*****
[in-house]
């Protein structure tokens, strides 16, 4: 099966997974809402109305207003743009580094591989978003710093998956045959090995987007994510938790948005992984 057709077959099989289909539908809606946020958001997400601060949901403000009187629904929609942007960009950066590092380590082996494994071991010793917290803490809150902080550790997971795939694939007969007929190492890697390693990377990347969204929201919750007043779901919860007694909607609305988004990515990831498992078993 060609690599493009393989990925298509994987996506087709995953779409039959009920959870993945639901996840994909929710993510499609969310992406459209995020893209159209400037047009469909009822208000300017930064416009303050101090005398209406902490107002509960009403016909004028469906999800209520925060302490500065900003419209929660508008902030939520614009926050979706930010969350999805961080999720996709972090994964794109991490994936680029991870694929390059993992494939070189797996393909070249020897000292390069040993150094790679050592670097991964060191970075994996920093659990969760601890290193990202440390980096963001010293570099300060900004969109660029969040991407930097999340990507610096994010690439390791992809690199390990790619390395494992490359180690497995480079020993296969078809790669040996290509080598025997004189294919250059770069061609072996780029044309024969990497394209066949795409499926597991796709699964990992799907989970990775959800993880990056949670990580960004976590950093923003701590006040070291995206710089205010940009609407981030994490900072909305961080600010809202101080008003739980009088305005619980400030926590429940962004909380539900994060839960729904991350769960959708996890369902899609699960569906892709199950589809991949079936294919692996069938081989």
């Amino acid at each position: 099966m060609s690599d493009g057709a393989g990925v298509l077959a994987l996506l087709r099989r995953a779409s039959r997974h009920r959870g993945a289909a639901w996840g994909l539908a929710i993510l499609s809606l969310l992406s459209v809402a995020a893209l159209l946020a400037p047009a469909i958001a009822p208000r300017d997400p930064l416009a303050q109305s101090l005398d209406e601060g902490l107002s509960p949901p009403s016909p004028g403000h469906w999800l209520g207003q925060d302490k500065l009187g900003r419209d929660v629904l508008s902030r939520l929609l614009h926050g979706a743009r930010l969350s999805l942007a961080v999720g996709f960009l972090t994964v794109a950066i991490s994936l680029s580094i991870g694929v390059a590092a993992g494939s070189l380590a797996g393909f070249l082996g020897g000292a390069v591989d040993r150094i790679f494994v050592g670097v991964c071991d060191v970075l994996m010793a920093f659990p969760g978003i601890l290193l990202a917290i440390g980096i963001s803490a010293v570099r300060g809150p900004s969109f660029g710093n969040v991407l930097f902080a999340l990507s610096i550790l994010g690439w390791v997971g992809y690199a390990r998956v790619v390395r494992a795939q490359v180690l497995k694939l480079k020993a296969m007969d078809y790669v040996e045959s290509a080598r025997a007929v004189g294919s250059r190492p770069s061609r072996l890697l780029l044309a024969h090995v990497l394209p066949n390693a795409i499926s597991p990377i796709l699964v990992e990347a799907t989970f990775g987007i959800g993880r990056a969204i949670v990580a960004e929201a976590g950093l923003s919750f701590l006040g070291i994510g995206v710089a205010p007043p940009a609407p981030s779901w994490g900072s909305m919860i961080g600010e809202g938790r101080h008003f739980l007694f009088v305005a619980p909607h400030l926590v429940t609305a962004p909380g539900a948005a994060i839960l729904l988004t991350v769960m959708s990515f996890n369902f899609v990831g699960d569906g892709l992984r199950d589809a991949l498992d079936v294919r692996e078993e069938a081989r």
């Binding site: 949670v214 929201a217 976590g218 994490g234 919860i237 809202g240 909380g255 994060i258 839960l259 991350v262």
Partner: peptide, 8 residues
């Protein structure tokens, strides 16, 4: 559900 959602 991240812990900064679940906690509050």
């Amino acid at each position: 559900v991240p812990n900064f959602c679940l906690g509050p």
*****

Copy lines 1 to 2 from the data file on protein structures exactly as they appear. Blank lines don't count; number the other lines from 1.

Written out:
[in-house]
């Protein structure tokens, strides 16, 4: 099966997974809402109305207003743009580094591989978003710093998956045959090995987007994510938790948005992984 057709077959099989289909539908809606946020958001997400601060949901403000009187629904929609942007960009950066590092380590082996494994071991010793917290803490809150902080550790997971795939694939007969007929190492890697390693990377990347969204929201919750007043779901919860007694909607609305988004990515990831498992078993 060609690599493009393989990925298509994987996506087709995953779409039959009920959870993945639901996840994909929710993510499609969310992406459209995020893209159209400037047009469909009822208000300017930064416009303050101090005398209406902490107002509960009403016909004028469906999800209520925060302490500065900003419209929660508008902030939520614009926050979706930010969350999805961080999720996709972090994964794109991490994936680029991870694929390059993992494939070189797996393909070249020897000292390069040993150094790679050592670097991964060191970075994996920093659990969760601890290193990202440390980096963001010293570099300060900004969109660029969040991407930097999340990507610096994010690439390791992809690199390990790619390395494992490359180690497995480079020993296969078809790669040996290509080598025997004189294919250059770069061609072996780029044309024969990497394209066949795409499926597991796709699964990992799907989970990775959800993880990056949670990580960004976590950093923003701590006040070291995206710089205010940009609407981030994490900072909305961080600010809202101080008003739980009088305005619980400030926590429940962004909380539900994060839960729904991350769960959708996890369902899609699960569906892709199950589809991949079936294919692996069938081989």